Busby Berkeley’s The Gold Diggers of 1933 stands alone as an example of what a movie musical can do, and accomplish, and be. It breaks all the rules. Topical to the extreme (the actual year being in the actual title), it combines capitalistic fantasies of gold coins and glimmering girls and luxury with the brutal realities of what was going on in 1933, not to mention the struggles of the returning WWI veterans to integrate back into society, especially at a time when things like shell-shock and depression or drug addiction (the result of war-time morphine use) were not understood or even accepted (a topic also taken on in the wonderful angry film Heroes For Sale, of the same year – my review here). It’s not a popular topic, then or now, when so-called patriotism sometimes requires we turn a blind eye to such struggles, but in Gold Diggers, especially in the phenomenal last number “Remember My Forgotten Man”, the gloves come off. There are those who still consider even addressing such issues as being somehow unpatriotic. However, that attitude abandons those who honestly struggle, telling them “You’re on your own with this one, kid”, an ungrateful and hostile attitude to take towards those who risk their lives in combat for our freedom back home. By admitting the struggle, and admitting our part in it, we honor them even more deeply. Granted, all Americans struggled during the Depression, not just the returning veterans. But that is the point of the last number of Gold Diggers: We all struggle, but in your own struggle, remember the “forgotten men”. That hobo on the street could be a war hero. Do not abandon him. Do not forget him. Gold Diggers, made during the first breathlessly terrible years of the Great Depression, has it all, and is still innovative today. What a transcendent film. It is honest. It says exactly what it means.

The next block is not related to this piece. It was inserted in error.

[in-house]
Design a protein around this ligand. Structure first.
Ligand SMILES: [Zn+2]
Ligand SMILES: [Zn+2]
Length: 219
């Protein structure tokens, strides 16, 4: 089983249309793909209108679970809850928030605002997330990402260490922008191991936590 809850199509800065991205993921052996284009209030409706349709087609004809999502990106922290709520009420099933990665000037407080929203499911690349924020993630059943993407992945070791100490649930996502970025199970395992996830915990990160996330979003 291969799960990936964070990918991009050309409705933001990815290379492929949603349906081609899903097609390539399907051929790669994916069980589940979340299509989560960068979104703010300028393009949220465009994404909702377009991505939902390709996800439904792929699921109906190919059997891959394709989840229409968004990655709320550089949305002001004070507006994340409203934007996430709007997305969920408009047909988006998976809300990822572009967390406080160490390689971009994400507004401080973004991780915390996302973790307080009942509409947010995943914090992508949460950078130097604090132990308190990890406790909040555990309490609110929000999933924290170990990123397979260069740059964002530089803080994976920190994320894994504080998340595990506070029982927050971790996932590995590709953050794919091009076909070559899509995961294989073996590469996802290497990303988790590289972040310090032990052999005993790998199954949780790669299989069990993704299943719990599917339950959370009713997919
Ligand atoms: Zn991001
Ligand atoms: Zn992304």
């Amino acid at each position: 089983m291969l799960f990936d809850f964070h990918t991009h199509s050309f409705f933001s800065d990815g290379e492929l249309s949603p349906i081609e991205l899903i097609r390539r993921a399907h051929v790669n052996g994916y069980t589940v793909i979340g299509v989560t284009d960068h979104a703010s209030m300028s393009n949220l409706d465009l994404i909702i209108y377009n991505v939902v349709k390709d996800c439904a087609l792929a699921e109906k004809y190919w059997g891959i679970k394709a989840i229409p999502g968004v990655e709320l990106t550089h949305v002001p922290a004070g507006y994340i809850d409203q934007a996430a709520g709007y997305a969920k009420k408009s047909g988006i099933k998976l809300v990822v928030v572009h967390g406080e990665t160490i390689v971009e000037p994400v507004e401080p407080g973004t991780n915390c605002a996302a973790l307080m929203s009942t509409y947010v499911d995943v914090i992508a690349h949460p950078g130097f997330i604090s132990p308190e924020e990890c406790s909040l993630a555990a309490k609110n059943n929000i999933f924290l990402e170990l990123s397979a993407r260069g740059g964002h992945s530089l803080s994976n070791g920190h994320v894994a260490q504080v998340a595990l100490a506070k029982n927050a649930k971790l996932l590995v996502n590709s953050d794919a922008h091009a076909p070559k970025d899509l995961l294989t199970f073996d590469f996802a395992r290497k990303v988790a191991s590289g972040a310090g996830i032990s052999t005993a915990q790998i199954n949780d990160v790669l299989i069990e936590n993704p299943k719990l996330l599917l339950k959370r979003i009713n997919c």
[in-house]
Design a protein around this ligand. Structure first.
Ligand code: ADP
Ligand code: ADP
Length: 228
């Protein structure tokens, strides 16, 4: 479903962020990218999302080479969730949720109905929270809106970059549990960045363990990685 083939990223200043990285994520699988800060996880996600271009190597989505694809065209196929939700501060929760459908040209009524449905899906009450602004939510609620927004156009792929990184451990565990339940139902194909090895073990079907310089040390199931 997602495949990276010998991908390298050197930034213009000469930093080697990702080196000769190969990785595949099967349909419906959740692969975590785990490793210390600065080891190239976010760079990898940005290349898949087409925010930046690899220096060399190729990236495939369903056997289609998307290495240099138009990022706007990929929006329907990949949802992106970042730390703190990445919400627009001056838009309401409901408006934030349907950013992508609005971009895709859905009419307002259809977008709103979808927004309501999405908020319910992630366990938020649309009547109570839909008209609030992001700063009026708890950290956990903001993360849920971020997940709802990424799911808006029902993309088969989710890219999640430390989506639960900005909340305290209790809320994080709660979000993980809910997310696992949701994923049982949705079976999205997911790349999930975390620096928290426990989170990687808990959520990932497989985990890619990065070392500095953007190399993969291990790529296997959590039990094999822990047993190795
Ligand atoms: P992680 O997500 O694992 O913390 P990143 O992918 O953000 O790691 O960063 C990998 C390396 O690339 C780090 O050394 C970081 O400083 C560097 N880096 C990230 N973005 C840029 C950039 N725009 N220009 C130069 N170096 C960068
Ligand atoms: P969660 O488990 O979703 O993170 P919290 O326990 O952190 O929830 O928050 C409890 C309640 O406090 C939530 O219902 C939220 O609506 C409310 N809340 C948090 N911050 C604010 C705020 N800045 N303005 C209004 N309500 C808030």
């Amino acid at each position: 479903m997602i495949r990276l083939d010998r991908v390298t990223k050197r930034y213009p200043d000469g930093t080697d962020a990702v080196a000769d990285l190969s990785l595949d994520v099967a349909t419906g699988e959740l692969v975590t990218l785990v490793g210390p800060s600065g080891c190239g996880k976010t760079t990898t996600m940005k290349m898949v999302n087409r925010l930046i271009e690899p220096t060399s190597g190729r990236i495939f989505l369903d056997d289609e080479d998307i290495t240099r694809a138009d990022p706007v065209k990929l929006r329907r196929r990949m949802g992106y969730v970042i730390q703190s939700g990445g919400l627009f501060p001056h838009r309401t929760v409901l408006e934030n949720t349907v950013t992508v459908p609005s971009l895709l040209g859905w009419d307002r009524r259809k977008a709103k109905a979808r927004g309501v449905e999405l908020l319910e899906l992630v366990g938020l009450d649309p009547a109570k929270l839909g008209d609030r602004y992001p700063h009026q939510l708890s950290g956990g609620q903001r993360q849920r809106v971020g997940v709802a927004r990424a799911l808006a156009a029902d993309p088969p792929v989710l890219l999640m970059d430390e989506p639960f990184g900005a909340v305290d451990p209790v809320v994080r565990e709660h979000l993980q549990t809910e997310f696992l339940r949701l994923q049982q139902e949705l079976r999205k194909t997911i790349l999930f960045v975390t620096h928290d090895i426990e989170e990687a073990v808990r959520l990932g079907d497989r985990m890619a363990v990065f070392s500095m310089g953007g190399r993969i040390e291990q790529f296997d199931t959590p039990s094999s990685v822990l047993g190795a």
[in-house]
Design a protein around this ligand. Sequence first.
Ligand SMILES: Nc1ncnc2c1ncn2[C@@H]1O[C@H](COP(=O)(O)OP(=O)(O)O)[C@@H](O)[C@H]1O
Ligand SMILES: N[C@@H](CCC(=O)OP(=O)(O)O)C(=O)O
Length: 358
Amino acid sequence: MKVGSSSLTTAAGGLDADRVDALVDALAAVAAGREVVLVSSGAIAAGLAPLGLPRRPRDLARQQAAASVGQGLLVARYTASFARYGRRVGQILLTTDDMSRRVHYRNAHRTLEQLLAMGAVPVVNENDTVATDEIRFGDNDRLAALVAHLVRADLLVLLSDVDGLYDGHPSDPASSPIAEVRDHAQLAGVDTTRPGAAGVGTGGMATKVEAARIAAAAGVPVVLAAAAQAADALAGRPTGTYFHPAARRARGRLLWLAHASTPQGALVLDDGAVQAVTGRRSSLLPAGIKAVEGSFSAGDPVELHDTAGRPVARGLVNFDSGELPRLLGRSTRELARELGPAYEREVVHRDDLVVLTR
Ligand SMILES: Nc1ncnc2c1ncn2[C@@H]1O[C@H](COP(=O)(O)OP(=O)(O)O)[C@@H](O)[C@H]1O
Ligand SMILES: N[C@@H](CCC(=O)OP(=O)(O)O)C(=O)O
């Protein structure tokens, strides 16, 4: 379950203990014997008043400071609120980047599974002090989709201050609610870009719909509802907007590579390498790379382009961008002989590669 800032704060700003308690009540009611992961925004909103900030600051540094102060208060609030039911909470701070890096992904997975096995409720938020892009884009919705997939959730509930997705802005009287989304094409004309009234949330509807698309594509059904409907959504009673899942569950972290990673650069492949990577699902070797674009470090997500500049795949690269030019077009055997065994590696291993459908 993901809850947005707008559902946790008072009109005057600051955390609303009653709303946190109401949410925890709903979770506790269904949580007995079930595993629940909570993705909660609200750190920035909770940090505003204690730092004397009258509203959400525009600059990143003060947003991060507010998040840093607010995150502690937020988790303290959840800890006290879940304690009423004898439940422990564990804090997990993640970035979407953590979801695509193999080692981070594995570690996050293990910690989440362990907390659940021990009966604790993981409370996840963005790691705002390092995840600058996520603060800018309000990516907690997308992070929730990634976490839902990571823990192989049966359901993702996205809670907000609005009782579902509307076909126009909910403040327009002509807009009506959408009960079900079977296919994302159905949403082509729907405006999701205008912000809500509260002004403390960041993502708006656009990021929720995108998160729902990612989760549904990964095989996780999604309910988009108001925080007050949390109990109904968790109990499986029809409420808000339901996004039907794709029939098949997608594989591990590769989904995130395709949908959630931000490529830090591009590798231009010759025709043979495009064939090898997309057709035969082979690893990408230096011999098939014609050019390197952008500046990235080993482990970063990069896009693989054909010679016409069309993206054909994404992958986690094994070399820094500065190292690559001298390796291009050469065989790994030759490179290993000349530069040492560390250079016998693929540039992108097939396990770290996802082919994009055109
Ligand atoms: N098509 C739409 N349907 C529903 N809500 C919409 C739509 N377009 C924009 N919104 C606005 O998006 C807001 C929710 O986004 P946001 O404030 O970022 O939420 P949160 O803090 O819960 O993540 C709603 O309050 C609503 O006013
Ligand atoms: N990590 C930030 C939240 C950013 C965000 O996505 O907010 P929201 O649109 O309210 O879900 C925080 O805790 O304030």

Amazing for its ability to be complex, yet light, a little dirty and a little innocent, socially relevant and then, fantastically inventive in terms of set design and costuming, Goldiggers proves that musicals were never mere escapism. And this is New York City — New York City imagined in the state of show, and on the sound stages of Burbank, California, but weirdly, pure New York. The girls, or gold diggers, live in an unglamorous apartment, seeking glitzy lives, which was deemed a bit sinful by censorship boards, becoming one of the first American movies released with alternate footage. Even the rather innocent “Pettin’ in the Park” was considered racy. But there’s more meat on the bones. The great Joan Blondell ends the film with the haunting “Remember My Forgotten Man,” in which WWI soldiers are shown trudging through bread lines. Very sad. You’ll again remember that even the oldest of musicals had something to say. And this one is absolutely sublime.
Joan Blondell is one of my favorite actresses, and my introduction to her came through her memorable performance as the fur-coat-clad annoyed and harassed playwright in Cassavetes’ Opening Night, when she was an old woman, beauty mark finally allowed to show.
But her career was vast, stretching from the earliest days to the independent scene of the 70s (not to mention co-starring with Elvis Presley in Stay Away, Joe, where the two of them have a delightful scene full of sexual innuendo and flirtation, the possibilities of which hover over that entire film).